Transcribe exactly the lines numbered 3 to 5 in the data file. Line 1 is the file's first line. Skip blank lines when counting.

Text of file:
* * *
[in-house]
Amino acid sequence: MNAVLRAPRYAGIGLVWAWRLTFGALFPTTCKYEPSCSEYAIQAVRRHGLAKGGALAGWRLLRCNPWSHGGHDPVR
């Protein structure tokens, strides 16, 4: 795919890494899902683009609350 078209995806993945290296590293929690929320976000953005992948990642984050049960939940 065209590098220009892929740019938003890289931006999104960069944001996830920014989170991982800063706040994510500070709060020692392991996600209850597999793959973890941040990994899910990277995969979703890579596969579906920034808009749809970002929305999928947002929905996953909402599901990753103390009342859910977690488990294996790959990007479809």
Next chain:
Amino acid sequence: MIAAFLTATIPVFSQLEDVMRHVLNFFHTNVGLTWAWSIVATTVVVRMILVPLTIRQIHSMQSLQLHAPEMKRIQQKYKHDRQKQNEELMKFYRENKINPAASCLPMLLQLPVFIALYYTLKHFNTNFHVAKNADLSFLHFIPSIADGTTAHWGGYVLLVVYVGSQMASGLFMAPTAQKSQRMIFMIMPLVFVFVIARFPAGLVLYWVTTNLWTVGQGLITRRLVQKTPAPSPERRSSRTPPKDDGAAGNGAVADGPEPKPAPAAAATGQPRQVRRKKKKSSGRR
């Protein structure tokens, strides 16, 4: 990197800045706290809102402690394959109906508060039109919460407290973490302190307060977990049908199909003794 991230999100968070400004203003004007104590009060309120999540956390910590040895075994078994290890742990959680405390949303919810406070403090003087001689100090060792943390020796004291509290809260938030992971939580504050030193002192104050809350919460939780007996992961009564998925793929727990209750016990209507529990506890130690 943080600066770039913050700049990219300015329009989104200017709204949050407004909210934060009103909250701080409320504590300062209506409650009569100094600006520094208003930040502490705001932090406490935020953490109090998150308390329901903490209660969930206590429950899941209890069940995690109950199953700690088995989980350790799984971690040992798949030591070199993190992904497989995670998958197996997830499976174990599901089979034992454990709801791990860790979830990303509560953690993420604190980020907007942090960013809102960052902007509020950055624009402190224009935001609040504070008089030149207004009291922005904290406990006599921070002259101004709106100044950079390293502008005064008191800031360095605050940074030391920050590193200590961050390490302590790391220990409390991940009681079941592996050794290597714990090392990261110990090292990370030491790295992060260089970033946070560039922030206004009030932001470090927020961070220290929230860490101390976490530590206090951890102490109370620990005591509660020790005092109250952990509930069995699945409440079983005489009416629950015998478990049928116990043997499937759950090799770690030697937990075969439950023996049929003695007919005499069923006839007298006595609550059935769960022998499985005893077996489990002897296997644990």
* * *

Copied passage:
């Protein structure tokens, strides 16, 4: 795919890494899902683009609350 078209995806993945290296590293929690929320976000953005992948990642984050049960939940 065209590098220009892929740019938003890289931006999104960069944001996830920014989170991982800063706040994510500070709060020692392991996600209850597999793959973890941040990994899910990277995969979703890579596969579906920034808009749809970002929305999928947002929905996953909402599901990753103390009342859910977690488990294996790959990007479809």
Next chain:
Amino acid sequence: MIAAFLTATIPVFSQLEDVMRHVLNFFHTNVGLTWAWSIVATTVVVRMILVPLTIRQIHSMQSLQLHAPEMKRIQQKYKHDRQKQNEELMKFYRENKINPAASCLPMLLQLPVFIALYYTLKHFNTNFHVAKNADLSFLHFIPSIADGTTAHWGGYVLLVVYVGSQMASGLFMAPTAQKSQRMIFMIMPLVFVFVIARFPAGLVLYWVTTNLWTVGQGLITRRLVQKTPAPSPERRSSRTPPKDDGAAGNGAVADGPEPKPAPAAAATGQPRQVRRKKKKSSGRR